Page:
• Laugh loud and laugh often. The ability to laugh is a good indicator of mental health. It also alters your body chemistry – endorphins (the ‘happy hormones’) are released into the bloodstream bringing a feeling of well-being. When you’re happy, your body is relaxed, your facial expression changes and you laugh often. It also works in reverse. If you laugh often, it makes you feel better.
  • Smile often. Every time you pass a mirror or see yourself in a shop window, smile. Also, practise the ‘inner smile’ – the more you smile inwardly to yourself, the more you will experience a feeling of happiness. If nothing else, other people will wonder what you’re up to.
  • Do unto others… The happiest people enjoy helping others. Give – not just material things, but yourself. Make time to listen. Be cheerful (even if you’re having a bad day). Not only will you feel better, you’ll find others return your kindness.
  • Be here now.Living in the ‘here and now’ is one of the biggest steps you can take to happiness and peace of mind. How can you be happy if you continually wallow in the past, agonise over old mistakes, wishing you could relive parts of your life, and blaming yourself for wasted opportunities? Stop beating yourself up. Now is the only moment over which you have any control, so make the most of it. If your mind wanders to what might happen tomorrow, bring it back. And finally, remember the last line of ‘Gone With The Wind’ – ‘Tomorrow is another day.’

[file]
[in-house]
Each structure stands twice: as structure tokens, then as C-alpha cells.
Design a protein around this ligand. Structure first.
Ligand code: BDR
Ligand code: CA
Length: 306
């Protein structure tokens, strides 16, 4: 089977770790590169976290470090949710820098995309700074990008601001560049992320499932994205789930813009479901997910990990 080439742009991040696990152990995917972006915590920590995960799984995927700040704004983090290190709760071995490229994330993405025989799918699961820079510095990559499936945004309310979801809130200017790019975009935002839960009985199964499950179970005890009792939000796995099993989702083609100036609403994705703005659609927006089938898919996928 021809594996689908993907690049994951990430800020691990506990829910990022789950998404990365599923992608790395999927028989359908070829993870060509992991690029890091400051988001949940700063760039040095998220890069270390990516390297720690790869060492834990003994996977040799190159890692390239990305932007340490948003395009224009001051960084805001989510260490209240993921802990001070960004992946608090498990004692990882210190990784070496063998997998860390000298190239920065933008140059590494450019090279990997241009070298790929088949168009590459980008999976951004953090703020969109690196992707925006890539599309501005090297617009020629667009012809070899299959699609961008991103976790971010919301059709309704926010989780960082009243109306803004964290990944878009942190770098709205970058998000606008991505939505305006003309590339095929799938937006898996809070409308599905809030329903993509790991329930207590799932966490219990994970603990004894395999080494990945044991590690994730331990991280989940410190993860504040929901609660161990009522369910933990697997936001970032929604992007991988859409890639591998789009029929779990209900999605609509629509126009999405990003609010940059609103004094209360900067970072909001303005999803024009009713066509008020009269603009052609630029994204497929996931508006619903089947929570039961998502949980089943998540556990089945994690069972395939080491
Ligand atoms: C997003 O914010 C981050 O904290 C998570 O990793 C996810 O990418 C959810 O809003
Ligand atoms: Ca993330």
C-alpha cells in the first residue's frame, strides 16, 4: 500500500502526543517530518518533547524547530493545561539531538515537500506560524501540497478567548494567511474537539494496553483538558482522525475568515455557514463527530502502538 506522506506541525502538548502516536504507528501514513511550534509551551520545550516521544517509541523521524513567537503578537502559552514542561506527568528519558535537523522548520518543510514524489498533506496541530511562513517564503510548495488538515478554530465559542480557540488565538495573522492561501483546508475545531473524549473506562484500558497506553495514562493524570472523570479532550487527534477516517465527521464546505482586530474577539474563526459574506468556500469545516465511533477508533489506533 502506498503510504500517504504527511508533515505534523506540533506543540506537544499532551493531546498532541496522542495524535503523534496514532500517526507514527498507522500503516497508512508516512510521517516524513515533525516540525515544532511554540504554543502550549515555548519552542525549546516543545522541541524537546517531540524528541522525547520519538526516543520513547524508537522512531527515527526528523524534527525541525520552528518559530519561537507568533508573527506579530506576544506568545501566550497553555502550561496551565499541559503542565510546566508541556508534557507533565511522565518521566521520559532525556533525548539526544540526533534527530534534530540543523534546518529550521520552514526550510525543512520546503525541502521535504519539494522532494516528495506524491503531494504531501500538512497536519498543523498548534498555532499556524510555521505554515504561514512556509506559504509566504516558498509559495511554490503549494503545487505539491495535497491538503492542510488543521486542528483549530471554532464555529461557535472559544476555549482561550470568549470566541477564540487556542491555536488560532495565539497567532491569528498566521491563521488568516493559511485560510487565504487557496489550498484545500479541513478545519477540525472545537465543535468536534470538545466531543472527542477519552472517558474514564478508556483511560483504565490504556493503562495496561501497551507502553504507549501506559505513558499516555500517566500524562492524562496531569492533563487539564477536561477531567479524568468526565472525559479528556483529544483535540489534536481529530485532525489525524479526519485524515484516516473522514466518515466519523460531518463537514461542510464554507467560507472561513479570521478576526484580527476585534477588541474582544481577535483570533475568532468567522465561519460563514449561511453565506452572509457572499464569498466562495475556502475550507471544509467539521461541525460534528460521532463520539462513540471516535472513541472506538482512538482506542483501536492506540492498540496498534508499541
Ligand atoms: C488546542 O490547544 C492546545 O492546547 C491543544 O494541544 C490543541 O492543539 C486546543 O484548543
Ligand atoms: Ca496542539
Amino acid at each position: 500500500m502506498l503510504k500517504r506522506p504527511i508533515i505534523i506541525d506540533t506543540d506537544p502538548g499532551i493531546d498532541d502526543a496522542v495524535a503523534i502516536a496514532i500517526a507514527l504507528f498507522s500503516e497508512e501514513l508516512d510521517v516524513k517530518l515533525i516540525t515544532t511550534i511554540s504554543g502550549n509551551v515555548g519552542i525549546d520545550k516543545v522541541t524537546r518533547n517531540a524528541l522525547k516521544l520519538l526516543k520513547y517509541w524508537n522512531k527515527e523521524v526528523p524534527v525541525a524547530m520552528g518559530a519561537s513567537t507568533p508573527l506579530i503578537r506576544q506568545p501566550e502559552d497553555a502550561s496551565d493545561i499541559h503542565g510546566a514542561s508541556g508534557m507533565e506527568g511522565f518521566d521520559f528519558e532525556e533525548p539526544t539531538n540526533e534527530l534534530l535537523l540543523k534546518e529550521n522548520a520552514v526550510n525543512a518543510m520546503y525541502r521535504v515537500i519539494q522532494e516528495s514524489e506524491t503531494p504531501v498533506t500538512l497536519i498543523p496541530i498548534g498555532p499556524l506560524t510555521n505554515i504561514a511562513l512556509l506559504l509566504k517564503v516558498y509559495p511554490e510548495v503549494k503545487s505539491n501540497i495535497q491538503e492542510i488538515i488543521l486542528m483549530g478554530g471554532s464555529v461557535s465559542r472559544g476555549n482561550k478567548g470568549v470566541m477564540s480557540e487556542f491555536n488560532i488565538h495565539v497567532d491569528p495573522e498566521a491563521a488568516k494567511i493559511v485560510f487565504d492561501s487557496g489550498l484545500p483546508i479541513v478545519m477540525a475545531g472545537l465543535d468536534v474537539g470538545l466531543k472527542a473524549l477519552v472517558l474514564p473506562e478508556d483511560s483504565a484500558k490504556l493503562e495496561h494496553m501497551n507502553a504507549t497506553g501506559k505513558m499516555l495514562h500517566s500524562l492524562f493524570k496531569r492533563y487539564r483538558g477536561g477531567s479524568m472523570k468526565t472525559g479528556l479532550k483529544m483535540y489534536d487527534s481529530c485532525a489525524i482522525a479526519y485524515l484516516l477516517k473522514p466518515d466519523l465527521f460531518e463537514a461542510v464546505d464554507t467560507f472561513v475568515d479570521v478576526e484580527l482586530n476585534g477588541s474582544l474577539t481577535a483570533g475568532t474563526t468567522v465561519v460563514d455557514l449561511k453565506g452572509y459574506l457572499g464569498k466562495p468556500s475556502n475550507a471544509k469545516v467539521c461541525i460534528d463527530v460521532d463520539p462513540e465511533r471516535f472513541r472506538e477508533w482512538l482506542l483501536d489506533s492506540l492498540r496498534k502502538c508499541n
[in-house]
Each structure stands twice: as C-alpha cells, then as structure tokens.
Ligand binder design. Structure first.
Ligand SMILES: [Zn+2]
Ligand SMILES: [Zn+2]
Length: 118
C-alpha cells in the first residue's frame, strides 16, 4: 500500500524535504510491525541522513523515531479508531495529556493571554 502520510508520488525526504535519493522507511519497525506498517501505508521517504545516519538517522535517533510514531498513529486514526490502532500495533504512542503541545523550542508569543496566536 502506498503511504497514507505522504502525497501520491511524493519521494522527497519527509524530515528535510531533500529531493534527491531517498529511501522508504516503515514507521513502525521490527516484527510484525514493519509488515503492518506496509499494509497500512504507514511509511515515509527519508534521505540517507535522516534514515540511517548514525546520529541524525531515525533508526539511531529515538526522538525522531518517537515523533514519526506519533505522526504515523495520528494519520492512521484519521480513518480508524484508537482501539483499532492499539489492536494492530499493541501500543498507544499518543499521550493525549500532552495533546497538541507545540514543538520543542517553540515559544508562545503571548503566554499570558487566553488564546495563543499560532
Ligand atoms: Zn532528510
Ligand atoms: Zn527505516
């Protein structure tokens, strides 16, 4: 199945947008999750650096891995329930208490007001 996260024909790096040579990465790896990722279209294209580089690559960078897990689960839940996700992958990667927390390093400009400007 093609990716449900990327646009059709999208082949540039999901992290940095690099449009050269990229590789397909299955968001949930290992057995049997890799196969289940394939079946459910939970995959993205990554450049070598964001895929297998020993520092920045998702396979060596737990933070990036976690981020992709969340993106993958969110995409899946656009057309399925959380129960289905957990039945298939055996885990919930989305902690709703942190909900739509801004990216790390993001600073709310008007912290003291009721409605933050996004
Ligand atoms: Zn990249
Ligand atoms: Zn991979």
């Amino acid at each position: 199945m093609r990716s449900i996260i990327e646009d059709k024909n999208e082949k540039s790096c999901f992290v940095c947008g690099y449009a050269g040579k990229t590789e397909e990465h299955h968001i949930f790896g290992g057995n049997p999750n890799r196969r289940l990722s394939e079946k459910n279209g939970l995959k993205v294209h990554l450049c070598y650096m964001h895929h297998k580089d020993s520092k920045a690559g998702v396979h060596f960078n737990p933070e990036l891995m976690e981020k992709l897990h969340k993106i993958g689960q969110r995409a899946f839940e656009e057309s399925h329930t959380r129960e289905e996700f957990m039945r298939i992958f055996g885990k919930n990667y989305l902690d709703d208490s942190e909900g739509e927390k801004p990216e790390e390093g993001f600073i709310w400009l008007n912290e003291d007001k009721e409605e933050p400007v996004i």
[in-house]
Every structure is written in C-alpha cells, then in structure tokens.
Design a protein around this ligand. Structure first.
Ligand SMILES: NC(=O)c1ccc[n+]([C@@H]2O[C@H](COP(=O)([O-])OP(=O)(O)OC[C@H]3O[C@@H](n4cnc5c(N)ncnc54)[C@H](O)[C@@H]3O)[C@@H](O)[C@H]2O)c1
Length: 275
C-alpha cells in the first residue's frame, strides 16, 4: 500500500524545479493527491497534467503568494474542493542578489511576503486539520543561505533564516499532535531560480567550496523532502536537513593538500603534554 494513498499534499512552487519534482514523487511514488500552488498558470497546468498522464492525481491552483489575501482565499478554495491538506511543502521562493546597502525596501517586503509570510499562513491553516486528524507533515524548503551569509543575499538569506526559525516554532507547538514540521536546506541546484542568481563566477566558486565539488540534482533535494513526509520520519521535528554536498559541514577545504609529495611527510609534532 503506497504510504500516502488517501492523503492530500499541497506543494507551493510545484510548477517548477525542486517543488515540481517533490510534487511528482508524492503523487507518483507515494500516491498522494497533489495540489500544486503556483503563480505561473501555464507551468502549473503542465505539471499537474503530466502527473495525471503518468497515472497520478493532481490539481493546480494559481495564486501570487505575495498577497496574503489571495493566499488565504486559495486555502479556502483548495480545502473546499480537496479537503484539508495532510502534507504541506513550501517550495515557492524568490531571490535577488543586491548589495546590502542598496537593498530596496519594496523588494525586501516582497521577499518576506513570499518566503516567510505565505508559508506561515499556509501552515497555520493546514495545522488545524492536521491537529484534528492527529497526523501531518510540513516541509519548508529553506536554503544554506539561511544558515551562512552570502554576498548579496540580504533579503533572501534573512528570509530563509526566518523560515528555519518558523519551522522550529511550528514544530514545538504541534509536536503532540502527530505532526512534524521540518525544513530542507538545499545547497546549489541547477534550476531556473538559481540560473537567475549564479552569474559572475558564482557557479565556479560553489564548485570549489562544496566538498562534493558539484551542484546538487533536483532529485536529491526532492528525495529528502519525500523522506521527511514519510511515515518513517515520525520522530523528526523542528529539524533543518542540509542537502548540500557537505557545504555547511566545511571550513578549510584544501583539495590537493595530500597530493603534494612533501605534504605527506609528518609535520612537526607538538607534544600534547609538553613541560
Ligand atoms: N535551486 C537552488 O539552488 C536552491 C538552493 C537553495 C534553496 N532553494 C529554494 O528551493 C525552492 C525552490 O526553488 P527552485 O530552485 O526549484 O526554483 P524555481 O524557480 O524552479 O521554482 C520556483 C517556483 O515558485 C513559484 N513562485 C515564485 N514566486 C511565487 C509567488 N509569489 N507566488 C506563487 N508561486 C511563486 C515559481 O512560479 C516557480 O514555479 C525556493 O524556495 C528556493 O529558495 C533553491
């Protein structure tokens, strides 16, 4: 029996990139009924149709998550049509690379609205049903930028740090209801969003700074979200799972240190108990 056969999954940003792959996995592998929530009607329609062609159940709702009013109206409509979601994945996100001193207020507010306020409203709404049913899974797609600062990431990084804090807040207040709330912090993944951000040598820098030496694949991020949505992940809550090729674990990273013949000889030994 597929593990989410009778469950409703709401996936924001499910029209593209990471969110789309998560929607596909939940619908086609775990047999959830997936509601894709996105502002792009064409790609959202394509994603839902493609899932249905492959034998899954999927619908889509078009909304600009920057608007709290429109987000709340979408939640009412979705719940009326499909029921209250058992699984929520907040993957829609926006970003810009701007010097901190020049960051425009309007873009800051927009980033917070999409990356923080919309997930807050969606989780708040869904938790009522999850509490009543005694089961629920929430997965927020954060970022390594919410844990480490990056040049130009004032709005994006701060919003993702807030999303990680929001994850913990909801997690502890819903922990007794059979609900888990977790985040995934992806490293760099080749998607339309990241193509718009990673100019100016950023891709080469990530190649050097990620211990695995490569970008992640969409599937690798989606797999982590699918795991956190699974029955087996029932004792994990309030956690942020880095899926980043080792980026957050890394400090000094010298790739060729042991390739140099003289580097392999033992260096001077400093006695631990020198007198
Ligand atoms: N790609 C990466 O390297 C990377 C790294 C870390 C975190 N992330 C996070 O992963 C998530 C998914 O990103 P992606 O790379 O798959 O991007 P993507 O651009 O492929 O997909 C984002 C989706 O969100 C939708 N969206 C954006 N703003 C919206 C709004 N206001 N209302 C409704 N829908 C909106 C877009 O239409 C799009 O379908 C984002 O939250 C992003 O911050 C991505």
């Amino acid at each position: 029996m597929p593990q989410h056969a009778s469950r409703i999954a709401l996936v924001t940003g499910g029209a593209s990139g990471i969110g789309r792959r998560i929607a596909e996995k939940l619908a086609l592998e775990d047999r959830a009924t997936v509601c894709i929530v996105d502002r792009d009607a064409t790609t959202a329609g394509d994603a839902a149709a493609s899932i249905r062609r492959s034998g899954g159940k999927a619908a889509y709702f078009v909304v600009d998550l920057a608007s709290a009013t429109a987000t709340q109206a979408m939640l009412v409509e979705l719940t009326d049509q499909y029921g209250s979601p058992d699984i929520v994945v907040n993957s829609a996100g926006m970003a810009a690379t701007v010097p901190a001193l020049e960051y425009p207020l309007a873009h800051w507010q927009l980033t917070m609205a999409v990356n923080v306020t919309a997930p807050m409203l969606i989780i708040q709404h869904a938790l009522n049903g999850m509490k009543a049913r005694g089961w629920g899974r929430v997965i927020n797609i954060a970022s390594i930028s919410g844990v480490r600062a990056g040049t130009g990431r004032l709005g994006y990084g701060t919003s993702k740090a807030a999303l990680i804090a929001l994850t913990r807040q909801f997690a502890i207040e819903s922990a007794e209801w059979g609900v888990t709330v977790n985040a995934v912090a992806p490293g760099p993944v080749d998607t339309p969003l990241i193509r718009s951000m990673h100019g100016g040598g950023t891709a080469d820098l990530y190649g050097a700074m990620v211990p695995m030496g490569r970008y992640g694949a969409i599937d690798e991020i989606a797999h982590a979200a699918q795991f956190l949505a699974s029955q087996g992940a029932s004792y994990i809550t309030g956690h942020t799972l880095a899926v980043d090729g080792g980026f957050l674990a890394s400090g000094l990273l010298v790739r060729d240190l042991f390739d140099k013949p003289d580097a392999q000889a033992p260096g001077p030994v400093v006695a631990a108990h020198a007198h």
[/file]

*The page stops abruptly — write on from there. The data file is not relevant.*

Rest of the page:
©David Lawrence Preston, 28.4.2016

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What You Must Do To Succeed

The tools for transforming your life are:

I – Intention

T – Thought.

I – Imagination.

A – Action.